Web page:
Technological inputs in modern-day farming will not just increase farm efficiency, but will also yield a higher quality end product.
The world population is constantly growing. That accounts for nearly 7.5 billion people who need to be fed at least three meals a day for a basic, healthy living. As per experts from the UN, at this rate the population will grow to nearly double the current figure by the year 2050. Moreover, the looming shadow of climate change and less predictable weather will continue to develop and persist for the foreseeable future. All these factors and more are the reason why the supply of food crop often falls short of the demand.
While it’s true that farm produce relies on a lot of factors, it remains a challenge to look at. There is a greater need to increase crop yield and crop quality to keep pace with the demand. This responsibility falls on the shoulders of the common farmer. The best solution for the farmer to keep pace with the demand is digital agriculture.
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In the 20th century, it was advances to technology that made it possible to feed a staggering population. Advances to irrigation techniques, fertilization methods, machine-driven farm technology and a lot more were at the core of these advances. The growing challenge of climate change and larger population looms over the farmer’s field once more. It’s at this point of evolution in mankind’s timeline that digital agriculture needs to take center stage.
The market value of digital agriculture is estimated to be worth over $4.5 billion come 2020. In fact, it has consistently been growing over the last five to seven years, albeit out of the limelight. Digital agriculture addresses the challenge of drastically improving crop yield through techniques. Modern computer vision, precision sensors and machine-learning technology will aid farmers in a progressively greater yield. A greater yield will ensure a larger population can be fed out of the same portion of crop land, with lesser effort on the part of the farmers themselves.
Organizations are already making an effort to drive digital agriculture. The Climate Corp. is working on a digital analytics hub as a core-tool for farmers. Now under the banner of agri-giant Monsanto, Climate Corp. strives to use satellite imagery and soil readings to gather critical crop-data. This crop data can pave the way for predictive algorithms that guide farmers on precise application of seeds, irrigation, fertilization and pesticide use. At this point the integrity of data and its access needs to dealt with diligently, while allowing adequate ease-of-use for farmers. To address this, the likes of the American Farm Bureau Federation come in. Industry groups such as the Farm Bureau ensure farmers understand how data is generated and stored, as well as raise awareness of industry rules and data-sharing policies. Prospera based out of Tel-Aviv strives to use sensor data and machine-learning to identify crops being plagued by issues like improper irrigation and disease. The numbers from machine-driven technology can gradually aid farmers in areas like efficient pesticide usage, reduced runoff into soil and ground water, optimum water usage and a lot more.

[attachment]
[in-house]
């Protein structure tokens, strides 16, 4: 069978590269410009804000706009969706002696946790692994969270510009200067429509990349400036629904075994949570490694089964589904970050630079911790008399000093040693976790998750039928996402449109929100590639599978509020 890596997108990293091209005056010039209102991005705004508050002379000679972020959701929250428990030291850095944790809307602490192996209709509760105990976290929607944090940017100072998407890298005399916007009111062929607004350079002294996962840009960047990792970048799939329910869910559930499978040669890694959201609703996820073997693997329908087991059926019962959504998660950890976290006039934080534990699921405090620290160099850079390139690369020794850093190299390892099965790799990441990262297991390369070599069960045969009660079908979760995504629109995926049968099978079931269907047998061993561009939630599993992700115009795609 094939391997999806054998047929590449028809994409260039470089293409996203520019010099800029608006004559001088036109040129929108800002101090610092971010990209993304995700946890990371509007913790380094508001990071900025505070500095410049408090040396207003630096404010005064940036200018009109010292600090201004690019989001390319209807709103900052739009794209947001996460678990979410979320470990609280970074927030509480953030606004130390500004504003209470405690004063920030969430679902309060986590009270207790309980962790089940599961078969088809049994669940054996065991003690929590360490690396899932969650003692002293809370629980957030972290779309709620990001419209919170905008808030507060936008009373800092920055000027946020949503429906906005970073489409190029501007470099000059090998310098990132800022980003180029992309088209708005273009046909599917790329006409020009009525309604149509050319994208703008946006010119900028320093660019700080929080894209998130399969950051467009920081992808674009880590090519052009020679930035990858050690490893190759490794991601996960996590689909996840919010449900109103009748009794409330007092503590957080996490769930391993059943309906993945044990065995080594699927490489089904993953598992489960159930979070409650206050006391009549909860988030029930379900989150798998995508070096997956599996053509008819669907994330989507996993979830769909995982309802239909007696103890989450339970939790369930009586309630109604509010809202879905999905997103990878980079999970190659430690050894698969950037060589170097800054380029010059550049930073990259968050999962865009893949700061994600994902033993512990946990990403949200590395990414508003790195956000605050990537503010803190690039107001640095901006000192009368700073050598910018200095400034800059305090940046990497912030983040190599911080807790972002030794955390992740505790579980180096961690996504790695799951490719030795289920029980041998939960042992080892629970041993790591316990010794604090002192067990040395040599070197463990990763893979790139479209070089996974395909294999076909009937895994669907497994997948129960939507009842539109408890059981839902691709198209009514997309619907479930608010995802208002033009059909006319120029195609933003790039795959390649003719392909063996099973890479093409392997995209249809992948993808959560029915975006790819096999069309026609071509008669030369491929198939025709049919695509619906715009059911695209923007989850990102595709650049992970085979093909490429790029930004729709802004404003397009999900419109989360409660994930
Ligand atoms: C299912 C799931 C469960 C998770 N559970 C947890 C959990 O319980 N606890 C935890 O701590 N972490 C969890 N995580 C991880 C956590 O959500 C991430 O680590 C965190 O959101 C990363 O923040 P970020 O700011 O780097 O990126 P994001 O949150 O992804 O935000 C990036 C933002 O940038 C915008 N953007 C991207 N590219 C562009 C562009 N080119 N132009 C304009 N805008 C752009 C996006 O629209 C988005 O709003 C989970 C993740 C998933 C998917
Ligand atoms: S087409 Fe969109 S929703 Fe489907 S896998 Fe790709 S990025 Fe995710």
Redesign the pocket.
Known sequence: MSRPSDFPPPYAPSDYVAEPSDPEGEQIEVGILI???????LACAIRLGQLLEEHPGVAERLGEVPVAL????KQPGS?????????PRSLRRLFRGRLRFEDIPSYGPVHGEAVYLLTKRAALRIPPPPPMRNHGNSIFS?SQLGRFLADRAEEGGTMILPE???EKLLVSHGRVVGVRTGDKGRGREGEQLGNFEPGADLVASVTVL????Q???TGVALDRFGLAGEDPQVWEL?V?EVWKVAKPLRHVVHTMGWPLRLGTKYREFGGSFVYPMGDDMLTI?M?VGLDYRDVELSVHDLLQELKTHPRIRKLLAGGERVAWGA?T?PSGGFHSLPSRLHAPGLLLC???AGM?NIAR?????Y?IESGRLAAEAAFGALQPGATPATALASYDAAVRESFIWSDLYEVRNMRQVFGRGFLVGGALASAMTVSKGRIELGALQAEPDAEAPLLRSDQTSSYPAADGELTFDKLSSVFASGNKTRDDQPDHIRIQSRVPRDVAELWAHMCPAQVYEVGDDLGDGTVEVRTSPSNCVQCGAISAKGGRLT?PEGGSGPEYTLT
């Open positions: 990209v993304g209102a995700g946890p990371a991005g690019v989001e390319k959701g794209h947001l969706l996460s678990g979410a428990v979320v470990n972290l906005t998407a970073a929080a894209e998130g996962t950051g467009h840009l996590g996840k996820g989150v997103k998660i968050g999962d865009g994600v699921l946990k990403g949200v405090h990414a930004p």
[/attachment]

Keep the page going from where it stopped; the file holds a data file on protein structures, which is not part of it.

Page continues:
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Digital technology in agriculture will definitely bring more fresh food to the table. Moreover, it will also gradually bring down the adverse effects of technology used on farms on the environment. In the future, farmers will transition to simply crunching numbers as machines takeover on-field operations entirely. Until then however, digital agriculture ensures more income for farmers, greater yields and a higher quality end-product on the table. This leaves us with no doubt that digital-agriculture is the next wave of tech that can clash against the rise of newer socio-economic problems.